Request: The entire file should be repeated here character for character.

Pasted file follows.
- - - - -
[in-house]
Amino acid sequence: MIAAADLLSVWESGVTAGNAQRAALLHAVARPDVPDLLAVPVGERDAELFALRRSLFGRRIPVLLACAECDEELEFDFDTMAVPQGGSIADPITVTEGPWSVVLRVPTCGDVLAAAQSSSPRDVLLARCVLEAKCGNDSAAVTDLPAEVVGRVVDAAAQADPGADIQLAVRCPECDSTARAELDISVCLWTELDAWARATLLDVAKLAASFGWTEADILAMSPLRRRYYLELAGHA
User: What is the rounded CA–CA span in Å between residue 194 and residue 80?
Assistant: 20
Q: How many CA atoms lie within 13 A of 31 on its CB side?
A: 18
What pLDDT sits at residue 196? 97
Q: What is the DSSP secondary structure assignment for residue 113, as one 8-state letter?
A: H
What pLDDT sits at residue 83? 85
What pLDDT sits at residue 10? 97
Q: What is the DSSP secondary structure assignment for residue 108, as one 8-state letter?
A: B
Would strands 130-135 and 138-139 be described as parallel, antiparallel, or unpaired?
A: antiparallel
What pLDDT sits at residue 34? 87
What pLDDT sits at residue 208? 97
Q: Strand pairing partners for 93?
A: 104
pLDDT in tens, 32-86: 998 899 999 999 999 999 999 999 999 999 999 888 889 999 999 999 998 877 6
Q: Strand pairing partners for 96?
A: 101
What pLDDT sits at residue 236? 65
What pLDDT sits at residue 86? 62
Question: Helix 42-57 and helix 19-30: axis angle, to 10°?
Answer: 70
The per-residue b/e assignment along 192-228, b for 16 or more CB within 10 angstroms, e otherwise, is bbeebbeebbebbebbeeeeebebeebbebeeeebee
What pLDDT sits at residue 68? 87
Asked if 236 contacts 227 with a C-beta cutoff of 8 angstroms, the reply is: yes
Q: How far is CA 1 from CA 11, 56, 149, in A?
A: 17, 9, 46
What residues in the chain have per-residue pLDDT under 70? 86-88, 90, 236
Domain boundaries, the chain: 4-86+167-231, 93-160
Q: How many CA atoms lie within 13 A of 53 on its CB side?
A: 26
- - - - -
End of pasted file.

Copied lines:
[in-house]
Amino acid sequence: MIAAADLLSVWESGVTAGNAQRAALLHAVARPDVPDLLAVPVGERDAELFALRRSLFGRRIPVLLACAECDEELEFDFDTMAVPQGGSIADPITVTEGPWSVVLRVPTCGDVLAAAQSSSPRDVLLARCVLEAKCGNDSAAVTDLPAEVVGRVVDAAAQADPGADIQLAVRCPECDSTARAELDISVCLWTELDAWARATLLDVAKLAASFGWTEADILAMSPLRRRYYLELAGHA
User: What is the rounded CA–CA span in Å between residue 194 and residue 80?
Assistant: 20
Q: How many CA atoms lie within 13 A of 31 on its CB side?
A: 18
What pLDDT sits at residue 196? 97
Q: What is the DSSP secondary structure assignment for residue 113, as one 8-state letter?
A: H
What pLDDT sits at residue 83? 85
What pLDDT sits at residue 10? 97
Q: What is the DSSP secondary structure assignment for residue 108, as one 8-state letter?
A: B
Would strands 130-135 and 138-139 be described as parallel, antiparallel, or unpaired?
A: antiparallel
What pLDDT sits at residue 34? 87
What pLDDT sits at residue 208? 97
Q: Strand pairing partners for 93?
A: 104
pLDDT in tens, 32-86: 998 899 999 999 999 999 999 999 999 999 999 888 889 999 999 999 998 877 6
Q: Strand pairing partners for 96?
A: 101
What pLDDT sits at residue 236? 65
What pLDDT sits at residue 86? 62
Question: Helix 42-57 and helix 19-30: axis angle, to 10°?
Answer: 70
The per-residue b/e assignment along 192-228, b for 16 or more CB within 10 angstroms, e otherwise, is bbeebbeebbebbebbeeeeebebeebbebeeeebee
What pLDDT sits at residue 68? 87
Asked if 236 contacts 227 with a C-beta cutoff of 8 angstroms, the reply is: yes
Q: How far is CA 1 from CA 11, 56, 149, in A?
A: 17, 9, 46
What residues in the chain have per-residue pLDDT under 70? 86-88, 90, 236
Domain boundaries, the chain: 4-86+167-231, 93-160
Q: How many CA atoms lie within 13 A of 53 on its CB side?
A: 26